I'm going to aim as far back as we've got records, to Gobekli Tepe and give an excerpt from Wikipedia: "Göbekli Tepe is located in the Taş Tepeler ('Stone Hills'), in the foothills of the Taurus Mountains.[24] It overlooks the Harran plain and the headwaters of the Balikh River, a tributary of the Euphrates.[24] The site is a tell (artificial mound) situated on a flat limestone plateau.[25] In the north, the plateau is connected to the neighbouring mountains by a narrow promontory. In all other directions, the ridge descends steeply into slopes and steep cliffs." Caveat: This was thousands of years ago so the geology could have been somewhat different. But it was probably a high place albeit not the very highest. A local raised formation.

                          The conclusion I feel comfortable making is, a great deal of factors go into deciding where to place a religious sanctuary. Where we put the temple, how big we build it, what we put in it is all about the meaning to us (so long as we're not driven underground, or far-afield by persecutors). But I'll unfold my "evolutionary religious studies" lawnchair/armchair to say it seems to me like surviving systems converge on the importance of height, and I think that's because what height tends to means to us (strength for a difficult climb, solitude for contemplation, vision of our surroundings, visibility from afar) are very worthy ideals that help us survive as societies and individudals. But also worth considering is; control of high places correlates to control of a large enough territory to agriculturally support heavier development up there. The dominant worldview model can eventually gain access to high places and when it does, it has the capacity to build its temples/monastic communities there.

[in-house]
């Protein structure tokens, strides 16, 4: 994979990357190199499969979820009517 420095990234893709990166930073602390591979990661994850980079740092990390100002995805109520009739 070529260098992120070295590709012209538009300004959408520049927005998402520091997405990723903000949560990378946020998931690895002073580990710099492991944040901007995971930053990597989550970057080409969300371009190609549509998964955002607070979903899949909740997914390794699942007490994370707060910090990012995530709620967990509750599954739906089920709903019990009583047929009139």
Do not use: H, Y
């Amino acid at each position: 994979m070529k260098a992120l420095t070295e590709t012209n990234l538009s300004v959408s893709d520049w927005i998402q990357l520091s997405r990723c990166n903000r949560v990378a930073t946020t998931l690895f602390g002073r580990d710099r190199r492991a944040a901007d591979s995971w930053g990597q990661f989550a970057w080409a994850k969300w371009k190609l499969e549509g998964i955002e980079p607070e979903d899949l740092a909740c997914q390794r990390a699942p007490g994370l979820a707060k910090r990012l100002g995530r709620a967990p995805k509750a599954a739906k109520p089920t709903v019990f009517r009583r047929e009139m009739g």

• blipvert 12 days ago
                          Ziggurat Vertigo.

                          Good times ……